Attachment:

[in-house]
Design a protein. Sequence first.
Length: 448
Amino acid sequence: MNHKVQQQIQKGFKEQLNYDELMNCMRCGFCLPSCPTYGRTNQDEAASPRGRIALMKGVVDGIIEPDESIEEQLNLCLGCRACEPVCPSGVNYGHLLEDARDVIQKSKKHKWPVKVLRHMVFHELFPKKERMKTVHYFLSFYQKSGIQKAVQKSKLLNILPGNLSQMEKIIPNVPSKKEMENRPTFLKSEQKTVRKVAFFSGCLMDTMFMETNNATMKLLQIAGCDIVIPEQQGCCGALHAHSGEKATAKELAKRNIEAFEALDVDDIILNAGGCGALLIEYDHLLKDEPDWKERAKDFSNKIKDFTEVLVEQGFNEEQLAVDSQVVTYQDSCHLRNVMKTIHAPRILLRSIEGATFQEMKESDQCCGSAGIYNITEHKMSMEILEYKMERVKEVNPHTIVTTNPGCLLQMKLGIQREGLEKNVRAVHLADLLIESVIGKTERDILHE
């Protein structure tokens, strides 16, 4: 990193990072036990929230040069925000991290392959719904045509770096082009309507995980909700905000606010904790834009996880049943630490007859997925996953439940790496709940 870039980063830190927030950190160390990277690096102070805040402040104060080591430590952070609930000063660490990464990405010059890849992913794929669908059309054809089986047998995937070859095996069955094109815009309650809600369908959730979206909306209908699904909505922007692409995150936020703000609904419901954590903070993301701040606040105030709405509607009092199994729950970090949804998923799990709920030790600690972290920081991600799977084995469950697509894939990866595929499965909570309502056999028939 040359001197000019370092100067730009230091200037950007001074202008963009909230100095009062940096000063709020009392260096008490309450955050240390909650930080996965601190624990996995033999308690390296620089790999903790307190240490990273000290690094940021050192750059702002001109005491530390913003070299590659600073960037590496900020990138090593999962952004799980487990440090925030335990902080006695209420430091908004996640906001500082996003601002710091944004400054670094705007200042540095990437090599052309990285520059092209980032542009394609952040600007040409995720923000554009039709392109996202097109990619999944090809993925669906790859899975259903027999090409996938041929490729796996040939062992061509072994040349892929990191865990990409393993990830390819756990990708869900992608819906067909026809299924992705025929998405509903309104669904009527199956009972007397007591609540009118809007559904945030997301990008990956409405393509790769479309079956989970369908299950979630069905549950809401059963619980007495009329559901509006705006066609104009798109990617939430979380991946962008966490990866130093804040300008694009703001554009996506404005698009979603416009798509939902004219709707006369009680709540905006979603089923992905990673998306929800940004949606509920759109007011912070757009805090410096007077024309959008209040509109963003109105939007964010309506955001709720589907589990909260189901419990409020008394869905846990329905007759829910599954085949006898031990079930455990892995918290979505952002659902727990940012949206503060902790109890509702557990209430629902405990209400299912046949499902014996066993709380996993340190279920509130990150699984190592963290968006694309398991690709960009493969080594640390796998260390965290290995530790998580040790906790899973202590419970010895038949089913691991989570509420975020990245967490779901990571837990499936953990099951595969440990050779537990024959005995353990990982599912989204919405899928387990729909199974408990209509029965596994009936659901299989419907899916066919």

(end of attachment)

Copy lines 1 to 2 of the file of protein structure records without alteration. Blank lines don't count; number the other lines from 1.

[in-house]
Design a protein. Sequence first.